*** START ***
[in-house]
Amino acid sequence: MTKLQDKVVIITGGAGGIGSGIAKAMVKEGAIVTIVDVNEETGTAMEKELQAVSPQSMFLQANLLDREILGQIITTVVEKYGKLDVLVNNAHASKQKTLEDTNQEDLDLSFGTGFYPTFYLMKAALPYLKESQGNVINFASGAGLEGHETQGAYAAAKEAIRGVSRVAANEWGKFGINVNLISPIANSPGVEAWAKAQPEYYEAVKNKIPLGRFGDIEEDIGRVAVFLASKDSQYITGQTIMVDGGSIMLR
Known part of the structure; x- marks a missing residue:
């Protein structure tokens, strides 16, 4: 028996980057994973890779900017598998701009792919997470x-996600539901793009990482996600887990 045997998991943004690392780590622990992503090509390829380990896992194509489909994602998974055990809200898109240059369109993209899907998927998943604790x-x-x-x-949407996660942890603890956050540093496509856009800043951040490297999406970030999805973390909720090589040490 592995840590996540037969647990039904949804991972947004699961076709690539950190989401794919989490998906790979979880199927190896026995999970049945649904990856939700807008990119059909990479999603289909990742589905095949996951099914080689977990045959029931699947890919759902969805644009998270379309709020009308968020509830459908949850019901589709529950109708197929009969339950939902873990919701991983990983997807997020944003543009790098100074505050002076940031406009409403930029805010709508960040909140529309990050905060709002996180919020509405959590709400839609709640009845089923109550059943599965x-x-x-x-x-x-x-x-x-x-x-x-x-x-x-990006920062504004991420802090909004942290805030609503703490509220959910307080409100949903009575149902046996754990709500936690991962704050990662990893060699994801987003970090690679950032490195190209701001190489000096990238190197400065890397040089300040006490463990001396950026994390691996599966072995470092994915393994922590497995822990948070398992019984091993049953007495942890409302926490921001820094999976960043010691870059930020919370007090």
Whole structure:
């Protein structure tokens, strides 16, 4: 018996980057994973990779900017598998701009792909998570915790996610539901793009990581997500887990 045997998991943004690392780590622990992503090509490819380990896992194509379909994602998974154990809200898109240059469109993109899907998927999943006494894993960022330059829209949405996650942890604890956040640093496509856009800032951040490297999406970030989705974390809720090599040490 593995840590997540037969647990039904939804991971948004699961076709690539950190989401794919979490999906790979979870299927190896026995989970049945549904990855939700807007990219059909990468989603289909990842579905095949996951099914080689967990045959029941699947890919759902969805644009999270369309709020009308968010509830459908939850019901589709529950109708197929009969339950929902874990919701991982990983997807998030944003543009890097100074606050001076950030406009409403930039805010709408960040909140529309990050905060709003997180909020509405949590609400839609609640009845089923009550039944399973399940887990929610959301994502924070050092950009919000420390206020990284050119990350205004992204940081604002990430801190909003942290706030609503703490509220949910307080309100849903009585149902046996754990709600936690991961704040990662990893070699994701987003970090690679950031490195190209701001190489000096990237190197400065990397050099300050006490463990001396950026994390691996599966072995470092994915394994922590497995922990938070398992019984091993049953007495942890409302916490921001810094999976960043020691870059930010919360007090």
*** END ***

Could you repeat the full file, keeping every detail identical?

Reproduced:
[in-house]
Amino acid sequence: MTKLQDKVVIITGGAGGIGSGIAKAMVKEGAIVTIVDVNEETGTAMEKELQAVSPQSMFLQANLLDREILGQIITTVVEKYGKLDVLVNNAHASKQKTLEDTNQEDLDLSFGTGFYPTFYLMKAALPYLKESQGNVINFASGAGLEGHETQGAYAAAKEAIRGVSRVAANEWGKFGINVNLISPIANSPGVEAWAKAQPEYYEAVKNKIPLGRFGDIEEDIGRVAVFLASKDSQYITGQTIMVDGGSIMLR
Known part of the structure; x- marks a missing residue:
């Protein structure tokens, strides 16, 4: 028996980057994973890779900017598998701009792919997470x-996600539901793009990482996600887990 045997998991943004690392780590622990992503090509390829380990896992194509489909994602998974055990809200898109240059369109993209899907998927998943604790x-x-x-x-949407996660942890603890956050540093496509856009800043951040490297999406970030999805973390909720090589040490 592995840590996540037969647990039904949804991972947004699961076709690539950190989401794919989490998906790979979880199927190896026995999970049945649904990856939700807008990119059909990479999603289909990742589905095949996951099914080689977990045959029931699947890919759902969805644009998270379309709020009308968020509830459908949850019901589709529950109708197929009969339950939902873990919701991983990983997807997020944003543009790098100074505050002076940031406009409403930029805010709508960040909140529309990050905060709002996180919020509405959590709400839609709640009845089923109550059943599965x-x-x-x-x-x-x-x-x-x-x-x-x-x-x-990006920062504004991420802090909004942290805030609503703490509220959910307080409100949903009575149902046996754990709500936690991962704050990662990893060699994801987003970090690679950032490195190209701001190489000096990238190197400065890397040089300040006490463990001396950026994390691996599966072995470092994915393994922590497995822990948070398992019984091993049953007495942890409302926490921001820094999976960043010691870059930020919370007090």
Whole structure:
């Protein structure tokens, strides 16, 4: 018996980057994973990779900017598998701009792909998570915790996610539901793009990581997500887990 045997998991943004690392780590622990992503090509490819380990896992194509379909994602998974154990809200898109240059469109993109899907998927999943006494894993960022330059829209949405996650942890604890956040640093496509856009800032951040490297999406970030989705974390809720090599040490 593995840590997540037969647990039904939804991971948004699961076709690539950190989401794919979490999906790979979870299927190896026995989970049945549904990855939700807007990219059909990468989603289909990842579905095949996951099914080689967990045959029941699947890919759902969805644009999270369309709020009308968010509830459908939850019901589709529950109708197929009969339950929902874990919701991982990983997807998030944003543009890097100074606050001076950030406009409403930039805010709408960040909140529309990050905060709003997180909020509405949590609400839609609640009845089923009550039944399973399940887990929610959301994502924070050092950009919000420390206020990284050119990350205004992204940081604002990430801190909003942290706030609503703490509220949910307080309100849903009585149902046996754990709600936690991961704040990662990893070699994701987003970090690679950031490195190209701001190489000096990237190197400065990397050099300050006490463990001396950026994390691996599966072995470092994915394994922590497995922990938070398992019984091993049953007495942890409302916490921001810094999976960043020691870059930010919360007090």